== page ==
Traditional e-commerce security approaches are no longer enough to prevent automated fraud. Instead, a comprehensive and layered defense model is needed to detect and mitigate fraud at every phase.
Here are 3 steps online brands can take to avoid this type of attack:
Establish an early warning system to flag and prevent logins with credentials that have been compromised in attacks across the web. Since many people reuse passwords, this is an important step to proactively stop bots from accessing accounts — and then making purchases from those accounts — on your site.
Implement a bot management solution to block real-time credential stuffing, account takeover (ATO) and carding attacks. When bots are blocked at login, they can’t even get to the stage of making fraudulent purchases with a compromised account. And blocking bots at checkout stops fraudulent transactions that might occur when login isn’t required.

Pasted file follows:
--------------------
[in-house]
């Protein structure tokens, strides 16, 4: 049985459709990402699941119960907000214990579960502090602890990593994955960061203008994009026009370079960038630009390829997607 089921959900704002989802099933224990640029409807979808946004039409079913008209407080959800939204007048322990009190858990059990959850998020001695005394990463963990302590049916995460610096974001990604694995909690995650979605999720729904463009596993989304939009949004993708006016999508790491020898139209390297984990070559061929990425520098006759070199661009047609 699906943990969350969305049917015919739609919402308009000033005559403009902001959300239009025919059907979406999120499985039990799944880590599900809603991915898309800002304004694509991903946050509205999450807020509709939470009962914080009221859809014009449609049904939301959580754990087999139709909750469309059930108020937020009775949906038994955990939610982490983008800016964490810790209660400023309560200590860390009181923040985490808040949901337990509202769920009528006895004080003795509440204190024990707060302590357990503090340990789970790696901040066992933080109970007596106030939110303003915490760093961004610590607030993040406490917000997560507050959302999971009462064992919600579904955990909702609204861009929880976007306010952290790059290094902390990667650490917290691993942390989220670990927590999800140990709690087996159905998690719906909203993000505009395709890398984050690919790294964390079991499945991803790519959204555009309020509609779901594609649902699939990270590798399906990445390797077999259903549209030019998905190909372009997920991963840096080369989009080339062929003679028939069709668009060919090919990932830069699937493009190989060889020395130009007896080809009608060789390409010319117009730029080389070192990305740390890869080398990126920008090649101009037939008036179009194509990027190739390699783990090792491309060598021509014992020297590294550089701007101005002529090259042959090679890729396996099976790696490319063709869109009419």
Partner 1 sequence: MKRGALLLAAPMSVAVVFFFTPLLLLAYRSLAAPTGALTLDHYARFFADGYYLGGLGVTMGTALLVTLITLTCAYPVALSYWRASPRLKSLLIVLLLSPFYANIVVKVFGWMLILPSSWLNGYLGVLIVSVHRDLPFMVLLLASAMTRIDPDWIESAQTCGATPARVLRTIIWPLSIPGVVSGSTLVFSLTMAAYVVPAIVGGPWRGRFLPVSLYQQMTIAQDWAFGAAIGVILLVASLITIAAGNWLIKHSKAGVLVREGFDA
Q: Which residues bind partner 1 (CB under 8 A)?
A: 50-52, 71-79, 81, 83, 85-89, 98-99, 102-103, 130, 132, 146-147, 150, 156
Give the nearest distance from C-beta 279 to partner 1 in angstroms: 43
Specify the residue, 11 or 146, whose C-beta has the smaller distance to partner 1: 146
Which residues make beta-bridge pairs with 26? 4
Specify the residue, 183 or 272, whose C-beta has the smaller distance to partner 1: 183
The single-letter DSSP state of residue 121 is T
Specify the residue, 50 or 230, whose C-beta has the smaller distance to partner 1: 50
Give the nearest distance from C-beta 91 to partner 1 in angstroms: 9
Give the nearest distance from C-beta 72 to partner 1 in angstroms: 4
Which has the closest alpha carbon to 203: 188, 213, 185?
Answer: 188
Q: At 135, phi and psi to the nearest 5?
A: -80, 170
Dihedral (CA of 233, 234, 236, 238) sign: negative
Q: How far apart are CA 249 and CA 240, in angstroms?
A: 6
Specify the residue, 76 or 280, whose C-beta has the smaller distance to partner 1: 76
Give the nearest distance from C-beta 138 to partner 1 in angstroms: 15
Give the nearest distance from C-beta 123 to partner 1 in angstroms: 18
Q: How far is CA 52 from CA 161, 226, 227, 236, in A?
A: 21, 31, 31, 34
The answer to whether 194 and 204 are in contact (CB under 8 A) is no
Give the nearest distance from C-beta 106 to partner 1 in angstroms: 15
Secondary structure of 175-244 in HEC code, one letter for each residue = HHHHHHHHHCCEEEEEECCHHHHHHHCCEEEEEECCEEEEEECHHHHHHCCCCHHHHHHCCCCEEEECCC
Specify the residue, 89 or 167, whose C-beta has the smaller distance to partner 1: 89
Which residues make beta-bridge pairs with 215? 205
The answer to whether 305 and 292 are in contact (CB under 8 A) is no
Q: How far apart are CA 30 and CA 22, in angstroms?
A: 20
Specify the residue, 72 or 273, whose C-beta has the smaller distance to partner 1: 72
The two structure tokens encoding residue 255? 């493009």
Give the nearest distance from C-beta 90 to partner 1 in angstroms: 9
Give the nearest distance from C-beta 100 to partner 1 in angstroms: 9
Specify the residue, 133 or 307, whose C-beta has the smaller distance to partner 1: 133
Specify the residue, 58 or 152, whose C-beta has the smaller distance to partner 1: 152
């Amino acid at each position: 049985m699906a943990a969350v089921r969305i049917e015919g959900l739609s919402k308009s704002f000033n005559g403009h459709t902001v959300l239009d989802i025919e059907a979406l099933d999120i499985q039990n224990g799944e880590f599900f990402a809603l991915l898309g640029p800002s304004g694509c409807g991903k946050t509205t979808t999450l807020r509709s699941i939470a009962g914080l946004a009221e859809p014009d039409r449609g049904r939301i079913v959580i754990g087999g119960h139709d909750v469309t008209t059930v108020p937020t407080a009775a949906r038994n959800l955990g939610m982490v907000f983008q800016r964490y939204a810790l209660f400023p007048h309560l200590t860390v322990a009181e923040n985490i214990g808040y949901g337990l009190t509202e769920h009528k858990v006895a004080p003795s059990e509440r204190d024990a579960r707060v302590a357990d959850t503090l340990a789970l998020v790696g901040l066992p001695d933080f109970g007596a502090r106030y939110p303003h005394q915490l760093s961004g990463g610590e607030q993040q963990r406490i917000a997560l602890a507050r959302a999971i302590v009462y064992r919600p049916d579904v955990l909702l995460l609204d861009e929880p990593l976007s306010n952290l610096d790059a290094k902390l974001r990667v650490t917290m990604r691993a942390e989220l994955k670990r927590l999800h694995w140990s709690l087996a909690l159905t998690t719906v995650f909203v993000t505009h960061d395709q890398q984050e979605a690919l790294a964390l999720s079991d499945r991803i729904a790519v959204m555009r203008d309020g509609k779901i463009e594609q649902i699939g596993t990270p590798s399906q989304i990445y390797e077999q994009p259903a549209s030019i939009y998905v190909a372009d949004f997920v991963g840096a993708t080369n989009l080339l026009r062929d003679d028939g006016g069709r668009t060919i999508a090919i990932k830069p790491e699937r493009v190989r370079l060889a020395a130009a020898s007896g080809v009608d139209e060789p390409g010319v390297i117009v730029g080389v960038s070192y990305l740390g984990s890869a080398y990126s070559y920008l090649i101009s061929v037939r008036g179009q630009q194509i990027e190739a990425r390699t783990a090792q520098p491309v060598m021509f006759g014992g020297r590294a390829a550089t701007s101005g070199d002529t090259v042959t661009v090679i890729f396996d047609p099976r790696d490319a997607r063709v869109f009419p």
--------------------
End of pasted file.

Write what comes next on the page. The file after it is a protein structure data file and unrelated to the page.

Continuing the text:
Continuously evaluate users’ activity post-login to detect and stop fraudulent behavior within the account, such as changing ship-to address, emptying accounts of credits, disabling multi-factor authentication (MFA) or adding multiple new payment methods in a short time span.
This one-two-three punch safeguards users’ account and payment information everywhere throughout their digital journey. Rather than relying solely on payment fraud solutions to catch fraudulent transactions at the point of credit card transaction, comprehensive account protection enables online businesses to get ahead of fraud before it occurs.